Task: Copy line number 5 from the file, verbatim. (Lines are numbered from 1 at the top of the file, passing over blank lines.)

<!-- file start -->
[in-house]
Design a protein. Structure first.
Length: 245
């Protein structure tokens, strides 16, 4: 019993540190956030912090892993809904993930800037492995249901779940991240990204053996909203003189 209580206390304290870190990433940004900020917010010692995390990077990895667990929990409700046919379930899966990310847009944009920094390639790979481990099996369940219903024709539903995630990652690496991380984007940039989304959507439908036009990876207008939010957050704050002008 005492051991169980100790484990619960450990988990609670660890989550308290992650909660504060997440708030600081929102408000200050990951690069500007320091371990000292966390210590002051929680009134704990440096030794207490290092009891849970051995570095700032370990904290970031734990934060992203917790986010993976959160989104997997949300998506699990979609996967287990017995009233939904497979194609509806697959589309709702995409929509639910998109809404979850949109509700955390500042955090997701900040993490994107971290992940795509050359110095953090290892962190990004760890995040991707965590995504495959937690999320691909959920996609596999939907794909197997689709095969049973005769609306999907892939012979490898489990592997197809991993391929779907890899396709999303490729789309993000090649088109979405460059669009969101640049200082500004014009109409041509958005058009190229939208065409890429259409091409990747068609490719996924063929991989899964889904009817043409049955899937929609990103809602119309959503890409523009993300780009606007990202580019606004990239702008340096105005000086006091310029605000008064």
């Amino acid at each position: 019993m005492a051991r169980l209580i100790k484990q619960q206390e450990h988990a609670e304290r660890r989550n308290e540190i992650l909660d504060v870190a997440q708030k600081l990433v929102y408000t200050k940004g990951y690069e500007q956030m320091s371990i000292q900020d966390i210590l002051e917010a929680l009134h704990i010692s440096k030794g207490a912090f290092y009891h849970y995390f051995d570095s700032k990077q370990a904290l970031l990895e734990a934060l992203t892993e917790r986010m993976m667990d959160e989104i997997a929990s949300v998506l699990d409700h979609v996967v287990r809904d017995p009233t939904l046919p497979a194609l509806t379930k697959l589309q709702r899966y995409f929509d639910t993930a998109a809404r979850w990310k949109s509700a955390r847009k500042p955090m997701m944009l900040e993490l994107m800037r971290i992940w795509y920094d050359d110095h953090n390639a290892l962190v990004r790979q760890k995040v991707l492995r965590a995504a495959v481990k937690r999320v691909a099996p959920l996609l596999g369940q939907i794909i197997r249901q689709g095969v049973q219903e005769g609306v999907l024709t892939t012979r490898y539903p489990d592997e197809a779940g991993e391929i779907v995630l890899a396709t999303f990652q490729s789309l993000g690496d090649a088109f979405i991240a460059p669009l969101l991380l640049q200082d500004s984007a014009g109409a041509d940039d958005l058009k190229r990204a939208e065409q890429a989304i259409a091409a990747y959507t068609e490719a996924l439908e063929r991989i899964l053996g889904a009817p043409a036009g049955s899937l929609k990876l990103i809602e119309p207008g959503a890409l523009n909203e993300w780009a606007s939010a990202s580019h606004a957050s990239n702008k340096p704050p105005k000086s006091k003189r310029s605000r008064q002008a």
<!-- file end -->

């Amino acid at each position: 019993m005492a051991r169980l209580i100790k484990q619960q206390e450990h988990a609670e304290r660890r989550n308290e540190i992650l909660d504060v870190a997440q708030k600081l990433v929102y408000t200050k940004g990951y690069e500007q956030m320091s371990i000292q900020d966390i210590l002051e917010a929680l009134h704990i010692s440096k030794g207490a912090f290092y009891h849970y995390f051995d570095s700032k990077q370990a904290l970031l990895e734990a934060l992203t892993e917790r986010m993976m667990d959160e989104i997997a929990s949300v998506l699990d409700h979609v996967v287990r809904d017995p009233t939904l046919p497979a194609l509806t379930k697959l589309q709702r899966y995409f929509d639910t993930a998109a809404r979850w990310k949109s509700a955390r847009k500042p955090m997701m944009l900040e993490l994107m800037r971290i992940w795509y920094d050359d110095h953090n390639a290892l962190v990004r790979q760890k995040v991707l492995r965590a995504a495959v481990k937690r999320v691909a099996p959920l996609l596999g369940q939907i794909i197997r249901q689709g095969v049973q219903e005769g609306v999907l024709t892939t012979r490898y539903p489990d592997e197809a779940g991993e391929i779907v995630l890899a396709t999303f990652q490729s789309l993000g690496d090649a088109f979405i991240a460059p669009l969101l991380l640049q200082d500004s984007a014009g109409a041509d940039d958005l058009k190229r990204a939208e065409q890429a989304i259409a091409a990747y959507t068609e490719a996924l439908e063929r991989i899964l053996g889904a009817p043409a036009g049955s899937l929609k990876l990103i809602e119309p207008g959503a890409l523009n909203e993300w780009a606007s939010a990202s580019h606004a957050s990239n702008k340096p704050p105005k000086s006091k003189r310029s605000r008064q002008a």